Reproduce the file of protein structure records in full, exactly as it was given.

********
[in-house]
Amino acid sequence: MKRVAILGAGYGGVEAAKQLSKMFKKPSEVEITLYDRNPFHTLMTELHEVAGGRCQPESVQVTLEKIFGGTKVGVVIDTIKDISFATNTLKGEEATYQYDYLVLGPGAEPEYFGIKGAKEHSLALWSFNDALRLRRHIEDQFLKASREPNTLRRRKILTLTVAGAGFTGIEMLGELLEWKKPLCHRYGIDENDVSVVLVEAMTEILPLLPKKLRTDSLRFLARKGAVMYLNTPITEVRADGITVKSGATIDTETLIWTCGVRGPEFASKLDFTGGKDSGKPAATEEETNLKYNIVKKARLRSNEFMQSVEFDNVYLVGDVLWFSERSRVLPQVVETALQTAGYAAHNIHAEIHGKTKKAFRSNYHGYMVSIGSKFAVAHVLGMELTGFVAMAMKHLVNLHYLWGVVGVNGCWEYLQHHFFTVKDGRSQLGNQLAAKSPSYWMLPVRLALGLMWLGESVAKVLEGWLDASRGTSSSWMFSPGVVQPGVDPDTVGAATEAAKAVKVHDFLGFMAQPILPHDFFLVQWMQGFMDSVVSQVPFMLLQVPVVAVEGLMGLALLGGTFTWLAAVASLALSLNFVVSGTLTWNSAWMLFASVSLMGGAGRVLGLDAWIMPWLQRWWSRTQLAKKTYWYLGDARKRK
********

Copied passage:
[in-house]
Amino acid sequence: MKRVAILGAGYGGVEAAKQLSKMFKKPSEVEITLYDRNPFHTLMTELHEVAGGRCQPESVQVTLEKIFGGTKVGVVIDTIKDISFATNTLKGEEATYQYDYLVLGPGAEPEYFGIKGAKEHSLALWSFNDALRLRRHIEDQFLKASREPNTLRRRKILTLTVAGAGFTGIEMLGELLEWKKPLCHRYGIDENDVSVVLVEAMTEILPLLPKKLRTDSLRFLARKGAVMYLNTPITEVRADGITVKSGATIDTETLIWTCGVRGPEFASKLDFTGGKDSGKPAATEEETNLKYNIVKKARLRSNEFMQSVEFDNVYLVGDVLWFSERSRVLPQVVETALQTAGYAAHNIHAEIHGKTKKAFRSNYHGYMVSIGSKFAVAHVLGMELTGFVAMAMKHLVNLHYLWGVVGVNGCWEYLQHHFFTVKDGRSQLGNQLAAKSPSYWMLPVRLALGLMWLGESVAKVLEGWLDASRGTSSSWMFSPGVVQPGVDPDTVGAATEAAKAVKVHDFLGFMAQPILPHDFFLVQWMQGFMDSVVSQVPFMLLQVPVVAVEGLMGLALLGGTFTWLAAVASLALSLNFVVSGTLTWNSAWMLFASVSLMGGAGRVLGLDAWIMPWLQRWWSRTQLAKKTYWYLGDARKRK